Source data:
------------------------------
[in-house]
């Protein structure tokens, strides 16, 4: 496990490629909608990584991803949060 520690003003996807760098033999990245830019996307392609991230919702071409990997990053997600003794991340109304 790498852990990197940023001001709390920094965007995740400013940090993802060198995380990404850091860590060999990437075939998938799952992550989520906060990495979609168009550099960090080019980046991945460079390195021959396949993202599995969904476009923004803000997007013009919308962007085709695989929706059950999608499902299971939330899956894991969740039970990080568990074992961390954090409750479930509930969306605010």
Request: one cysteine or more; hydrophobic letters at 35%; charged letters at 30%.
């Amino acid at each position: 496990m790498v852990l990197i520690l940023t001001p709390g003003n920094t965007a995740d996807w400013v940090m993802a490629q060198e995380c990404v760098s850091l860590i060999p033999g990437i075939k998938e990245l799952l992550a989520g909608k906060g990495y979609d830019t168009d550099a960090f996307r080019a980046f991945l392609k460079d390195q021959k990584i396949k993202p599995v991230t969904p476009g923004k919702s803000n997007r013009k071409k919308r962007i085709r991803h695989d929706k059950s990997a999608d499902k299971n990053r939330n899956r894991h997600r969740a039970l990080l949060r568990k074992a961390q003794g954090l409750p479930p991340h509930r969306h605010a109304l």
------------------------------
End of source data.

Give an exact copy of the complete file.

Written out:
[in-house]
């Protein structure tokens, strides 16, 4: 496990490629909608990584991803949060 520690003003996807760098033999990245830019996307392609991230919702071409990997990053997600003794991340109304 790498852990990197940023001001709390920094965007995740400013940090993802060198995380990404850091860590060999990437075939998938799952992550989520906060990495979609168009550099960090080019980046991945460079390195021959396949993202599995969904476009923004803000997007013009919308962007085709695989929706059950999608499902299971939330899956894991969740039970990080568990074992961390954090409750479930509930969306605010």
Request: one cysteine or more; hydrophobic letters at 35%; charged letters at 30%.
């Amino acid at each position: 496990m790498v852990l990197i520690l940023t001001p709390g003003n920094t965007a995740d996807w400013v940090m993802a490629q060198e995380c990404v760098s850091l860590i060999p033999g990437i075939k998938e990245l799952l992550a989520g909608k906060g990495y979609d830019t168009d550099a960090f996307r080019a980046f991945l392609k460079d390195q021959k990584i396949k993202p599995v991230t969904p476009g923004k919702s803000n997007r013009k071409k919308r962007i085709r991803h695989d929706k059950s990997a999608d499902k299971n990053r939330n899956r894991h997600r969740a039970l990080l949060r568990k074992a961390q003794g954090l409750p479930p991340h509930r969306h605010a109304l």